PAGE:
Below is a brief description of the courses Dr. Henkel regularly teaches.
Statistics for Life Sciences (PY 201)
Statistics is a tool that researchers use to describe and analyze their data. Topics include ways to summarize and describe data numerically and graphically, and ways to test research hypotheses using z tests, t tests, ANOVAs, correlation, regression, and nonparametric procedures such as chi square. This is a required course for psychology majors and should be taken in your sophomore or junior year, and it is strongly recommended for biology and chemistry majors as well.
Research Methods (PY 202)
This course is a 4-credit lab class in which you will learn how to read, evaluate, design, conduct, analyze, and report psychological research. The course is meant to provide you with knowledge and skills so that you can better understand psychology as a scientific discipline. This is a required course for psychology majors and should be taken no later than your the junior year. Research methods is at the very heart of the psychology major, and as such it provides useful knowledge and skills for the other courses you will be taking. In addition, if you plan on being involved in additional research (supervised research with a faculty member, independent study, or an honors project), you need to take the course as early as you can so that these doors are open to you as you continue your education here at Fairfield. These additional research opportunities are very valuable if you plan on continuing on to graduate school, though the number of openings are limited, so the early you start, the more you can accomplish in your undergraduate degree.
Cognitive Psychology (PY 285)
This course examines how people think -- how they pay attention to things, how they perceive the outside world, how they learn and remember, and how they reason, solve problems, and use language. We explore how the brain produces these various cognitive processes, and we learn the application of principles from cognition into our everyday lives. This is an elective course for psychology majors that fulfills requirements from Group II of the psychology major requirements at Fairfield. It can serve as an elective for people majoring in areas in which better understanding how people think would be valuable --e.g., education, nursing, business, biology, and law.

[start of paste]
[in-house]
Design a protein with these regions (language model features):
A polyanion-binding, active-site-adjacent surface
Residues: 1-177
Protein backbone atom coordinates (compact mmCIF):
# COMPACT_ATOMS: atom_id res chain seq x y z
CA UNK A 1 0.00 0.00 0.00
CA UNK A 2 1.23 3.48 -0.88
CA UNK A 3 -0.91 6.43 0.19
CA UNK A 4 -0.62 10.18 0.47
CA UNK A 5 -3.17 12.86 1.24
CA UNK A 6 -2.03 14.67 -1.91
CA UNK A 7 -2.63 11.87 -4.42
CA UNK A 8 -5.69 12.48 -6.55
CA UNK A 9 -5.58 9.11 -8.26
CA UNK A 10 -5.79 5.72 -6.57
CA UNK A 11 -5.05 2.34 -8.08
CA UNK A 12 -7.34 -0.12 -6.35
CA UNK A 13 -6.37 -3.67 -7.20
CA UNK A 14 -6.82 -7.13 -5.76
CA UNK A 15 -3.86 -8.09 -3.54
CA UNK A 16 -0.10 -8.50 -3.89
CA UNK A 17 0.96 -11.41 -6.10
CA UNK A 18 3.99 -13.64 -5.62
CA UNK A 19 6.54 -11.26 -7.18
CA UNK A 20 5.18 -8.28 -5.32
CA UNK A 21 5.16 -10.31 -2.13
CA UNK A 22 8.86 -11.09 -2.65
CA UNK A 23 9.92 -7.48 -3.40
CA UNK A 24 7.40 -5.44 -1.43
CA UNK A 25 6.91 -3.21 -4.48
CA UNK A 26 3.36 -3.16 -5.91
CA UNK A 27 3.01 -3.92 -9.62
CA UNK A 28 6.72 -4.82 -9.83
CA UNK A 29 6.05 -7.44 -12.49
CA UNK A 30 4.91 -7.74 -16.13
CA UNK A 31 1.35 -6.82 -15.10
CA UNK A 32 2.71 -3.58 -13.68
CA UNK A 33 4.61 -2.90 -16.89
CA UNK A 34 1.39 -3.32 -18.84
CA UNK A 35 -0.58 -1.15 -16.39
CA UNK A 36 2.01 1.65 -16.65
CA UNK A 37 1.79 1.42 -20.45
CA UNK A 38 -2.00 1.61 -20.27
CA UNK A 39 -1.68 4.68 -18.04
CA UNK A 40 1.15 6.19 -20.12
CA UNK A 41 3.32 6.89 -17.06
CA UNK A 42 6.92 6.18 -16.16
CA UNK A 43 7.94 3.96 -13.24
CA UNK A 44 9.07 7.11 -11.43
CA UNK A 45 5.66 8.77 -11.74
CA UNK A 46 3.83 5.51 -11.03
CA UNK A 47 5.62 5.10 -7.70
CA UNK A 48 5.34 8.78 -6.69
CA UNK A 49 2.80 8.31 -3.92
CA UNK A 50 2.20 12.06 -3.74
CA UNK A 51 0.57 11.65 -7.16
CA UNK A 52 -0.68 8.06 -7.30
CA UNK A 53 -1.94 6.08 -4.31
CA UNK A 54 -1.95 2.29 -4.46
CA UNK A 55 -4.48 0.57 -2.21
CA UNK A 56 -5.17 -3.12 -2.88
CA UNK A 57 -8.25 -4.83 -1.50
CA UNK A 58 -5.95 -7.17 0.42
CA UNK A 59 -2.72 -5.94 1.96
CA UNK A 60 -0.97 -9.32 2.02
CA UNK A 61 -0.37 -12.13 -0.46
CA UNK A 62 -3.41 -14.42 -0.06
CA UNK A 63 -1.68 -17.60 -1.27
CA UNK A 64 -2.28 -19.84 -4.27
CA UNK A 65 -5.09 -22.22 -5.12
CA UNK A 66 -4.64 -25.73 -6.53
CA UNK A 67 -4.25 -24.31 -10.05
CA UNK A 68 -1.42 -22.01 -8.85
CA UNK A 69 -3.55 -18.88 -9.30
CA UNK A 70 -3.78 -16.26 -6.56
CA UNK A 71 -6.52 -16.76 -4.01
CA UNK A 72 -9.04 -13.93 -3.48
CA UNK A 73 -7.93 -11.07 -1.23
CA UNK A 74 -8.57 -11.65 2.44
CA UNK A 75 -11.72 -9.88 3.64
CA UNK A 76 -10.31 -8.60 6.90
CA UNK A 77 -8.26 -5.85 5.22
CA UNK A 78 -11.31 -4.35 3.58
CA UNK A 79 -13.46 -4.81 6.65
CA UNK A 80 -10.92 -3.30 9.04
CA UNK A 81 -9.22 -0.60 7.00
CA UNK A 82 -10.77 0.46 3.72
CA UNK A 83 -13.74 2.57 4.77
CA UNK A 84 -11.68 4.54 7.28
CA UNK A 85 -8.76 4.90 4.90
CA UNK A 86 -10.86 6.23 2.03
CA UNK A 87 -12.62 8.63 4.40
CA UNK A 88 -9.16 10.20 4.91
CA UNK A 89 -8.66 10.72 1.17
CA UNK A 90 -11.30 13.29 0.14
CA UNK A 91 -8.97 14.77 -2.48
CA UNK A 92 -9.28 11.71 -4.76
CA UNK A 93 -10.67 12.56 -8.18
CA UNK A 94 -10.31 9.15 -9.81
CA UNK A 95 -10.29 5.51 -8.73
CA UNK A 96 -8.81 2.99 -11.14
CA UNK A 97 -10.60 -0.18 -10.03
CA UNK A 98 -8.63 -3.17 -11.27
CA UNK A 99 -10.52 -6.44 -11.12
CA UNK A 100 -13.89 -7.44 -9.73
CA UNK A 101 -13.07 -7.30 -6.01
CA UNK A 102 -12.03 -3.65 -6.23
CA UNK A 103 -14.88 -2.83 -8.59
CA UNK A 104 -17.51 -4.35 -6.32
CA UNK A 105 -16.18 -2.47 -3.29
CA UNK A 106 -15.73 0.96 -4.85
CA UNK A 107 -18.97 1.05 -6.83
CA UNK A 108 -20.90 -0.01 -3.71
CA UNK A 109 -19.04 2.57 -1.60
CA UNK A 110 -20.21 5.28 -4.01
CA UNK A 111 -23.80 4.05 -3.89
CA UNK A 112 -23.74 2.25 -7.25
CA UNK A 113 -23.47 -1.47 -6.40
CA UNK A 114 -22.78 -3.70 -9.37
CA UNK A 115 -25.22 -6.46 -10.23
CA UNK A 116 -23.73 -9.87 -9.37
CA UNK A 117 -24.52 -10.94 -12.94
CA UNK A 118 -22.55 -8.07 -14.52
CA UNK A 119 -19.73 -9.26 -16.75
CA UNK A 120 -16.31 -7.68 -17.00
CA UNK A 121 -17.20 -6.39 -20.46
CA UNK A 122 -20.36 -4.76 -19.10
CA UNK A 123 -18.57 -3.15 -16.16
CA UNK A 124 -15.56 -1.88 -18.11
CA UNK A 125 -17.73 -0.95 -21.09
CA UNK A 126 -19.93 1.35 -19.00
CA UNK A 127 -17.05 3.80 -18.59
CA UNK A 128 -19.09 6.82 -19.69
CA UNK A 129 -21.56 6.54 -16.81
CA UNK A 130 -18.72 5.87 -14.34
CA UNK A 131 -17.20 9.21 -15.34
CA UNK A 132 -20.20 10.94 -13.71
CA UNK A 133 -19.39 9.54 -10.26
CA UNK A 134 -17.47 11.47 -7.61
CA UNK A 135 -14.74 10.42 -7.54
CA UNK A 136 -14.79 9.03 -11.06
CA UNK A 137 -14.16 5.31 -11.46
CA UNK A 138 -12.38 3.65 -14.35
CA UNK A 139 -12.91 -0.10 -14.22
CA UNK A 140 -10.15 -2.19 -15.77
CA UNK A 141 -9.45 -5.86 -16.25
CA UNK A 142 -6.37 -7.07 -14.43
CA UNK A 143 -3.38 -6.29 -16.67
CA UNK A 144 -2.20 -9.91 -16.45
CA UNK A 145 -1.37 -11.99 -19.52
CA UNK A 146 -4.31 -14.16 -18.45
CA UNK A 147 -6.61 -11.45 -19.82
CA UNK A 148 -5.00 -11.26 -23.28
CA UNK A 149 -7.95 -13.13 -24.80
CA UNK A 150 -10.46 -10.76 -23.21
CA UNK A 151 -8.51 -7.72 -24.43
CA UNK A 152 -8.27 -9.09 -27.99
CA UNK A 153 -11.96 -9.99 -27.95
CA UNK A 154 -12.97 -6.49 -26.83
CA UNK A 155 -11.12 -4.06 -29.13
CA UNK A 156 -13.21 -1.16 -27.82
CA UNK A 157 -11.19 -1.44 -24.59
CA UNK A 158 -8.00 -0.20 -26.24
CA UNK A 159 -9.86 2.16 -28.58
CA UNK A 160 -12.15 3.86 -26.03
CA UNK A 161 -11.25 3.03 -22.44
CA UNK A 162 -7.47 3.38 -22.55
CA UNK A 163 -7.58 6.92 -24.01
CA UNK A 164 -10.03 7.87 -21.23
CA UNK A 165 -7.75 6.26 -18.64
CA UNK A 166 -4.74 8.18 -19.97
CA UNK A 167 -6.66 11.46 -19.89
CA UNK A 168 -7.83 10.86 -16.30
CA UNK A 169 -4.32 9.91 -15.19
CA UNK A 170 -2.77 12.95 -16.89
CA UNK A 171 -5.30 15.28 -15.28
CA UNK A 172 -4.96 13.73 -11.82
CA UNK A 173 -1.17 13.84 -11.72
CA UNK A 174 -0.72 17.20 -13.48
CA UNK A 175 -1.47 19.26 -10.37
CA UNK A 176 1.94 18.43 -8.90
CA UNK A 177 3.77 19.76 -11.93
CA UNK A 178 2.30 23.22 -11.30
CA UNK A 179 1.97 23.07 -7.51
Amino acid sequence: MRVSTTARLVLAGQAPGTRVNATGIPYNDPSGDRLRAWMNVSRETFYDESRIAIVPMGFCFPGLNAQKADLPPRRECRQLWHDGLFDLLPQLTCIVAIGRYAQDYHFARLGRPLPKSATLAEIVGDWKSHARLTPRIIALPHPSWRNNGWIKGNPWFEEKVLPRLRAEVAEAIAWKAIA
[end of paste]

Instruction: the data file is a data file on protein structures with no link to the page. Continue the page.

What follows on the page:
False Memories Senior Seminar (PY 385)
Most of the time, our memories serve us quite well. However, many of the strategies and mechanisms that help us remember accurately much of the time can also lead to errors. This course examines various types of memory distortions and what they can tell us about the mechanisms of memory. Through lectures, readings, and class discussions, we will explore psychological research addressing confusions between real and imagined memories, the reliability of eyewitness recollections, children’s suggestibility, as well as clinical issues such as repression and dissociation from a cognitive perspective. This course is one of several senior seminars that can fulfill the senior seminar requirements for psychology majors. Juniors and nonpsych majors (especially students interested in law or social work) can also enroll with permission of the instructor.
Supervised Research (PY 295)
This course provides research experience for a small group of students who will serve as research assistants in my Memory & Cognition Lab. Rather then expecting students to be able to conduct independent research on novel topics, I mentor and supervise students so that they can get a better idea of how actual research is conducted. We cover many different aspects of research in cognition – from memory errors and distortions, to how people make choices, to age-related changes in cognition. Students register for 3 credits for this. If you are interested, please contact me at email@example.com We have a weekly lab meeting, and the remaining lab hours (for testing subjects, developing materials, coding data, etc.) will be set around your schedule. Some students use this as a springboard for an independent research project; others take it just for what it is. Wherever your future may take you, research experience is invaluable in any area of psychology. Permission of instructor is necessary to register.
Independent Research (PY 395)
In this course an individual student designs, runs, analyzes, and reports on a full research project. I will work closely with you every step of the way either building off of a project you worked on in Supervised Research or on a project that you develop on your own. Permission of instructor is necessary to register. If you are interested, please contact me at firstname.lastname@example.org
Teaching Internship in Psychology (PY 296/297)
In this elective course, the student serves as a teaching intern (TI) for my Statistics for the Life Sciences (PY 203) course. The TIS are responsible for running the weekly lab sections during which students learn how to run SPSS and complete structure exercises. This is an excellent opportunity to see the classroom and the dynamics of learning from the other side. You not only will refine your understanding of statistics, you will learn about what you can do as a teacher to help people learn. If you are interested, please contact me at email@example.com